I admit it, I’m a bargain shopper. It’s how I was raised. We didn’t have much money growing up and my mom was great at stretching a dollar. She still is, in fact! And even though I’m lucky enough not to HAVE to be cheap, I still am most of the time.
Spending money on airfare is one of those times. Why should I pay more than the person sitting next to me when we get exactly the same product? We take the same flight, get the same food, see the same movie, and land at the same time – I want to spend as little as I possibly can because the quality of my flight won’t change (unless it’s an upgrade in flight class, of course).
There are tons of tips and tricks about how to save on airfare out there on the internet. More than 2 million websites about it, according to the Google. I think I’ve read a million of them (well, maybe just a couple thousand). None have what I have, though – an easy price comparison spreadsheet template!
Making a price comparison spreadsheet is Step #1 for finding a cheap flight. It’ll help you organize information, identify trends, and buy when prices are at their lowest. Here’s how it works:
I figure out all the different combinations of airports I could use and make one sheet for direct flights, plus additional sheets for ‘hops’ or indirect connections. Then I use some fancy functions to calculate the cost of the hops on my main page. Was that confusing? An example makes more sense. Here’s the spreadsheet I’m using to calculate the cost of our upcoming flight to the Big Island of Hawaii (YAY, btw).
This is the main page – I put my flight search engine on the left and my direct routes/dates on the top. Typically there’s only one ‘direct flight’ column but the Big Island has two airports so I’ve listed both. I also add a column for alternative dates because if I can save $200 by flying one night earlier, I will do it.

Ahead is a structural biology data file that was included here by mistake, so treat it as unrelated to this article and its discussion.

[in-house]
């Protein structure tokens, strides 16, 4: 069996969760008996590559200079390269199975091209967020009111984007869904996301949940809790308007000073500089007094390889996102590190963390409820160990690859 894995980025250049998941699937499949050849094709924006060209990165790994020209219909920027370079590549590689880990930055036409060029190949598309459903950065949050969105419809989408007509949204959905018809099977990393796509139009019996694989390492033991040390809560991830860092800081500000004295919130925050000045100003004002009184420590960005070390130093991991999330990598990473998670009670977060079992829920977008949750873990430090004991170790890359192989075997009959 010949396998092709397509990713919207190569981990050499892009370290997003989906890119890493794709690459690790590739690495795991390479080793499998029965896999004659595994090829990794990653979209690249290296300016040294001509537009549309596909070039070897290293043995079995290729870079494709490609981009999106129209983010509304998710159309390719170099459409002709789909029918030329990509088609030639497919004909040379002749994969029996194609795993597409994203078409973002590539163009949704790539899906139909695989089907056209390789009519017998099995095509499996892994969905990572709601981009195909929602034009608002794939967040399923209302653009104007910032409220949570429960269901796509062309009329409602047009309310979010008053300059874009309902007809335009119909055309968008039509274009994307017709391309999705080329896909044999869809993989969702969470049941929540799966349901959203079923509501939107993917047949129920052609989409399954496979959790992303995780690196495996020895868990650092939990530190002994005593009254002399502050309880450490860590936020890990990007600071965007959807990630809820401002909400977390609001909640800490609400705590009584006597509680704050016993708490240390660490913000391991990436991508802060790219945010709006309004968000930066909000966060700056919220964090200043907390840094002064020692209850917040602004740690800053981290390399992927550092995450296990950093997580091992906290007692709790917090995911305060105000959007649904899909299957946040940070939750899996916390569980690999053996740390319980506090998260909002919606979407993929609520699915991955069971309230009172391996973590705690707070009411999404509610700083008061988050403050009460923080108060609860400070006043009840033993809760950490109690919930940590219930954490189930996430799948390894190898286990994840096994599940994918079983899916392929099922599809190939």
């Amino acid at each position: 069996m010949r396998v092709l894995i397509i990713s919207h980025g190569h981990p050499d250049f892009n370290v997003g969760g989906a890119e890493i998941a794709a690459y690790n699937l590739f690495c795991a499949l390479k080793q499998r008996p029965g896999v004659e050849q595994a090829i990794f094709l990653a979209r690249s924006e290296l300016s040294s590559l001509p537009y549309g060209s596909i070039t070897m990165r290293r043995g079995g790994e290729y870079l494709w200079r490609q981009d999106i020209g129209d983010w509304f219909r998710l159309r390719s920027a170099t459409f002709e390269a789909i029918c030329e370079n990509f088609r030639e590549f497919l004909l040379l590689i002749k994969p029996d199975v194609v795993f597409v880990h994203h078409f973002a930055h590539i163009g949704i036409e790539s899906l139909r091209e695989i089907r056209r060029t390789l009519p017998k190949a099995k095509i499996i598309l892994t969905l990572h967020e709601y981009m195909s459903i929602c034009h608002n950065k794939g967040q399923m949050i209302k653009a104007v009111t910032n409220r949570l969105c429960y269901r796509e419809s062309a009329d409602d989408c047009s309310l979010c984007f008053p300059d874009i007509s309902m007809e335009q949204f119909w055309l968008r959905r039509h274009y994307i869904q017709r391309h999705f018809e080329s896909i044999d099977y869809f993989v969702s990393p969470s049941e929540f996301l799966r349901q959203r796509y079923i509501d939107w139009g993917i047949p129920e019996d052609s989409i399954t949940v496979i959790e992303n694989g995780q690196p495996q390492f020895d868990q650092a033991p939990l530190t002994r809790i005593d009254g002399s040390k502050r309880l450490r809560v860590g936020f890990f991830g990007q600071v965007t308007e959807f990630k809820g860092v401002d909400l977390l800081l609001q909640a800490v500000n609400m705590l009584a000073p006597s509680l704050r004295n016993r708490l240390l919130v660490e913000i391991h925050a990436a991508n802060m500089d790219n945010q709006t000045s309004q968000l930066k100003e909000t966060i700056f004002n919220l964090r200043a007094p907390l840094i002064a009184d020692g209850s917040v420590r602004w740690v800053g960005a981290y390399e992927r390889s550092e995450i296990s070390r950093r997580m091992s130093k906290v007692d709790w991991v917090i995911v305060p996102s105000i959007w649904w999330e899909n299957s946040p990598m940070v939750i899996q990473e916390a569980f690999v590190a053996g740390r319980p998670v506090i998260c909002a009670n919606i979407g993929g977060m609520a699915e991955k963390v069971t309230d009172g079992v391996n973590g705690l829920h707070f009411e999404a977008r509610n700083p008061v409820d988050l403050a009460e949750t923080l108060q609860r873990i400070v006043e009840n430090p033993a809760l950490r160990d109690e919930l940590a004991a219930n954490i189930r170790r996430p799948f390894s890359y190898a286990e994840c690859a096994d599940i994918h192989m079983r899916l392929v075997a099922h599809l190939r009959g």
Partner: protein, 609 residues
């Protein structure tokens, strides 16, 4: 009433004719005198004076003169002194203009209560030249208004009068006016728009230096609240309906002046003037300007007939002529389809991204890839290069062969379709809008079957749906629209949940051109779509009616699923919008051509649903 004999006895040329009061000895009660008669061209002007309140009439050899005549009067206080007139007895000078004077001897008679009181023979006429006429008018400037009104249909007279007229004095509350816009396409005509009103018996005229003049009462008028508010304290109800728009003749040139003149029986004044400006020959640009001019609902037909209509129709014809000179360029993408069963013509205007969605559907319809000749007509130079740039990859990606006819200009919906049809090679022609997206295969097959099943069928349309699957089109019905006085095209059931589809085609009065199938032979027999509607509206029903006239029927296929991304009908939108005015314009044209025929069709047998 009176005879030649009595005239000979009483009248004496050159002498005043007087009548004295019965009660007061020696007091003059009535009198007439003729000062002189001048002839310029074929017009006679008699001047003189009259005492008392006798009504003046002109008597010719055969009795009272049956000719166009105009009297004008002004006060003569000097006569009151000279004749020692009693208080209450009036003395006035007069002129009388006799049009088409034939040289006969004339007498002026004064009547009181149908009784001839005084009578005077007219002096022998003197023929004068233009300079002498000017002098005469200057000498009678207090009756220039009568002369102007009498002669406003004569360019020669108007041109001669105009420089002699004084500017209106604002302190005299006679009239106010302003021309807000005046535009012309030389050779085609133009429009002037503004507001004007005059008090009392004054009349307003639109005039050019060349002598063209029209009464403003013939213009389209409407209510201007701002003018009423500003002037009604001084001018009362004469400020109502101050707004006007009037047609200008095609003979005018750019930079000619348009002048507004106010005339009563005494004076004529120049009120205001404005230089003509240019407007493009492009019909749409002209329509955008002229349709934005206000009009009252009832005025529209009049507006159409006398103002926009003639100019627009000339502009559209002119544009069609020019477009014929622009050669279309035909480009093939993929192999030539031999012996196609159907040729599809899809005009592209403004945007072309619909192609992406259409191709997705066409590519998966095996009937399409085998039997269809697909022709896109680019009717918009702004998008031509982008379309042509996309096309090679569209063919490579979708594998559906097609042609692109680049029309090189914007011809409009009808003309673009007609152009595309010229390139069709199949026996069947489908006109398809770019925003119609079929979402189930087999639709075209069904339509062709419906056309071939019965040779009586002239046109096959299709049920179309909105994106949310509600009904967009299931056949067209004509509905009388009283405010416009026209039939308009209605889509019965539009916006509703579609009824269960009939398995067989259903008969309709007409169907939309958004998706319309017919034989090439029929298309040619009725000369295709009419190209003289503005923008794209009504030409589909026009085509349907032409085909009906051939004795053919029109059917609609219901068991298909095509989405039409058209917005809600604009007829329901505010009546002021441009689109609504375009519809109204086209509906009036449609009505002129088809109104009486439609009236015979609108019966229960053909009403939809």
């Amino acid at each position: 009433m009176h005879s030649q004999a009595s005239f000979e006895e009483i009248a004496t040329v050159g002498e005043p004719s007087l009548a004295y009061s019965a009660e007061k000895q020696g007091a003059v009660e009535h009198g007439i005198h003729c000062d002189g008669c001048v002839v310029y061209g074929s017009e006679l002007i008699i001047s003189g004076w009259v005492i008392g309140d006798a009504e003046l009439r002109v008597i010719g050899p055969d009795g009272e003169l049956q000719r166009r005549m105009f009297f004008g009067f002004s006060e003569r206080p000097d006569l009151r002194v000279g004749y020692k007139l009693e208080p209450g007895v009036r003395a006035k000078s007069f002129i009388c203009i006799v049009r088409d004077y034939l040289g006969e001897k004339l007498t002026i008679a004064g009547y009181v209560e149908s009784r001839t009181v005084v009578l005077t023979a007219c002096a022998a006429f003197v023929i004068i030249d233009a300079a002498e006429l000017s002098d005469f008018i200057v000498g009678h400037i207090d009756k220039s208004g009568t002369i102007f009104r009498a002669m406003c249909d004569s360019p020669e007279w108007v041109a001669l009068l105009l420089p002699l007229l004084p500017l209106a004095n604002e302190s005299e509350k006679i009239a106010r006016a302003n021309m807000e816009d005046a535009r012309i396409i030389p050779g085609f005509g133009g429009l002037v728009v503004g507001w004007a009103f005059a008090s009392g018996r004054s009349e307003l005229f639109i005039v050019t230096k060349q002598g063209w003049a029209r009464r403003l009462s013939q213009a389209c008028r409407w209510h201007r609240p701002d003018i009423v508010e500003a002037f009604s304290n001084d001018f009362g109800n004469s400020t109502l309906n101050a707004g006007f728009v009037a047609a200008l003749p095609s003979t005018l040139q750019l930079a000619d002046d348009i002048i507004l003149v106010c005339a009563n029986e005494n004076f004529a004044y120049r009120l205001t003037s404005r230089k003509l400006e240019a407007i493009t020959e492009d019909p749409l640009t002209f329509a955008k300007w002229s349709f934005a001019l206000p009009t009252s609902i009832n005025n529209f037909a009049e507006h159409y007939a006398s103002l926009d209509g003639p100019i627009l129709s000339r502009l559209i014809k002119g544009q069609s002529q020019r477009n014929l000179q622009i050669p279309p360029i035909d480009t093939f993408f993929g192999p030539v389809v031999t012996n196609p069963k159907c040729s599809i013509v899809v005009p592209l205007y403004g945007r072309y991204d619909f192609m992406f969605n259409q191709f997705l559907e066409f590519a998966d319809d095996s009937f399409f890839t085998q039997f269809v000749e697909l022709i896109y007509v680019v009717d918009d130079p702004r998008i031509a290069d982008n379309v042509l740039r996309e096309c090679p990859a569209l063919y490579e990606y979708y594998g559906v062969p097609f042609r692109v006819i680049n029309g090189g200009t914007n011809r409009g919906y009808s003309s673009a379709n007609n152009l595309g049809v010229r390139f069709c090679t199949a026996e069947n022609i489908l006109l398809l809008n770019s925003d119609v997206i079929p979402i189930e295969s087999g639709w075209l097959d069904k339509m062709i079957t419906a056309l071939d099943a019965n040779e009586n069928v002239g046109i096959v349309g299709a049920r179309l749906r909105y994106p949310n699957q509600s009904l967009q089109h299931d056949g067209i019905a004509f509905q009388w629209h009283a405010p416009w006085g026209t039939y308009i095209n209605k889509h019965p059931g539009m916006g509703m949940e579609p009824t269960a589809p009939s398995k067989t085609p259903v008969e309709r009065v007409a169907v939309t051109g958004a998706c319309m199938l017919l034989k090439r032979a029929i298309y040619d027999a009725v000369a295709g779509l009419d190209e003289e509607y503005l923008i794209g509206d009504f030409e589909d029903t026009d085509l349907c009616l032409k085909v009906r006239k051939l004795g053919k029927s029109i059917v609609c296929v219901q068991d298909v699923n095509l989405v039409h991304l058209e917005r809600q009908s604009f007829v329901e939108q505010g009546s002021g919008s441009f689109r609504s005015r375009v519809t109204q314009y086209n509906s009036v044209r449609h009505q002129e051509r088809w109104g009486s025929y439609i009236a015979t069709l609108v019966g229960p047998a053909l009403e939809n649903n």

Then on the right I add some columns for my hops. The only reasonable one for this trip is Phoenix to Honolulu then Honolulu to Hilo or Kona. For all international flights, I check PHX to LAX, since flights to Los Angeles are occasionally dirt cheap on smaller airlines and they’re our closest international hub.
I find the prices for Honolulu to Hilo/Kona and put them on a second tab.
To easily pick out the cheapest flight from all the options, I use the ‘min’ function. That means as I update the cost on the left, the Lowest Price field will automagically update with the lowest number.
Then I go back to my main spreadsheet and use another function to add the cost of a flight to Honolulu to the cheapest price for a hop from Honolulu to Hilo/Kona.
This function references the Lowest Price field on my other spreadsheet and adds it to the cost of a flight to Honolulu. That way I can see if it’s cheaper to hop two different airlines or take a direct flight. If you look at my first spreadsheet example, you’ll see that using a local airline (Allegiant) to get to Honolulu yields the cheapest flight.
I update this spreadsheet once or twice a week starting as soon as I know about the trip. The cheapest prices start to show up at 6 – 8 weeks before the flight (domestic only – for international, start the year before if you can) and at that point, I might update it every other day. Why start early? This gives me some baseline information so that I know what a ‘cheap’ deal really looks like. If I didn’t know $712 was a little high, I might jump at it just because it’s cheaper than the Kayak price of $742, for example. I also check more than once in a week because the best deals are usually, but not always, posted on Tuesday or Wednesday. These are Friday prices, they went up a bit from my last search on Tuesday. Start early, update often!
Is this a little complicated? Yes. Have I made it easier for you? YES! I made a nicer-looking template of this magical spreadsheet for you to download for free!
Just click the following link and go to File -> Download As: https://docs.google.com/spreadsheet/ccc?key=0ApAKp63PVNEIdHRkaE5XamNTa1pyRFJuOU02TVNqTmc&usp=sharing
I fancied it up a bit from the screenshot examples above and made it easy to tell what info should go in what fields. I also included the function calculations for you. Hopefully it’ll help you save a couple of dollars on your next big adventure!